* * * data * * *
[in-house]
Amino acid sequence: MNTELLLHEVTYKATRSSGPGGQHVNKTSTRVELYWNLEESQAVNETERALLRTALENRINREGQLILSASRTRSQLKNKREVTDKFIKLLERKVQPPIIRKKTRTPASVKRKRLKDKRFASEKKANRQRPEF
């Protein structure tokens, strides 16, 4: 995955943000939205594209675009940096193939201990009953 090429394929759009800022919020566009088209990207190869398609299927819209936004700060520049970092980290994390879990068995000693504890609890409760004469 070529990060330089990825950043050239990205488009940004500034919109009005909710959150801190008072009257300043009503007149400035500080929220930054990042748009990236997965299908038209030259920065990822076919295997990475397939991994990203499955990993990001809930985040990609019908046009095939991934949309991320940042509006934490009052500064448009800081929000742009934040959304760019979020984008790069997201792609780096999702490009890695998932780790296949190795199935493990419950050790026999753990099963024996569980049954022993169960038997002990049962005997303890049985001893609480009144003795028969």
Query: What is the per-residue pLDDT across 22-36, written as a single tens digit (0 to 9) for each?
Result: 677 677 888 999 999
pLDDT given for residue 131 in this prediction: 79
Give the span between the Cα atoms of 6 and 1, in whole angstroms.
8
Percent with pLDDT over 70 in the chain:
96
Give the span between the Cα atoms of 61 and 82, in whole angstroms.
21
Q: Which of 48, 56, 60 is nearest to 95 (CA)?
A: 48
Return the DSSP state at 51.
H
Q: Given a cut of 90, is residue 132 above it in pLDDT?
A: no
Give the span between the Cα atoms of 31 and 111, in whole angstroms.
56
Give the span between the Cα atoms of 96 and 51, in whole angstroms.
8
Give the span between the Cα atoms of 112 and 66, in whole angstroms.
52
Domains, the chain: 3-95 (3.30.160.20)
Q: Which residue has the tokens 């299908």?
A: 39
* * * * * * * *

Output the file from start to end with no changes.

[in-house]
Amino acid sequence: MNTELLLHEVTYKATRSSGPGGQHVNKTSTRVELYWNLEESQAVNETERALLRTALENRINREGQLILSASRTRSQLKNKREVTDKFIKLLERKVQPPIIRKKTRTPASVKRKRLKDKRFASEKKANRQRPEF
């Protein structure tokens, strides 16, 4: 995955943000939205594209675009940096193939201990009953 090429394929759009800022919020566009088209990207190869398609299927819209936004700060520049970092980290994390879990068995000693504890609890409760004469 070529990060330089990825950043050239990205488009940004500034919109009005909710959150801190008072009257300043009503007149400035500080929220930054990042748009990236997965299908038209030259920065990822076919295997990475397939991994990203499955990993990001809930985040990609019908046009095939991934949309991320940042509006934490009052500064448009800081929000742009934040959304760019979020984008790069997201792609780096999702490009890695998932780790296949190795199935493990419950050790026999753990099963024996569980049954022993169960038997002990049962005997303890049985001893609480009144003795028969």
Query: What is the per-residue pLDDT across 22-36, written as a single tens digit (0 to 9) for each?
Result: 677 677 888 999 999
pLDDT given for residue 131 in this prediction: 79
Give the span between the Cα atoms of 6 and 1, in whole angstroms.
8
Percent with pLDDT over 70 in the chain:
96
Give the span between the Cα atoms of 61 and 82, in whole angstroms.
21
Q: Which of 48, 56, 60 is nearest to 95 (CA)?
A: 48
Return the DSSP state at 51.
H
Q: Given a cut of 90, is residue 132 above it in pLDDT?
A: no
Give the span between the Cα atoms of 31 and 111, in whole angstroms.
56
Give the span between the Cα atoms of 96 and 51, in whole angstroms.
8
Give the span between the Cα atoms of 112 and 66, in whole angstroms.
52
Domains, the chain: 3-95 (3.30.160.20)
Q: Which residue has the tokens 């299908």?
A: 39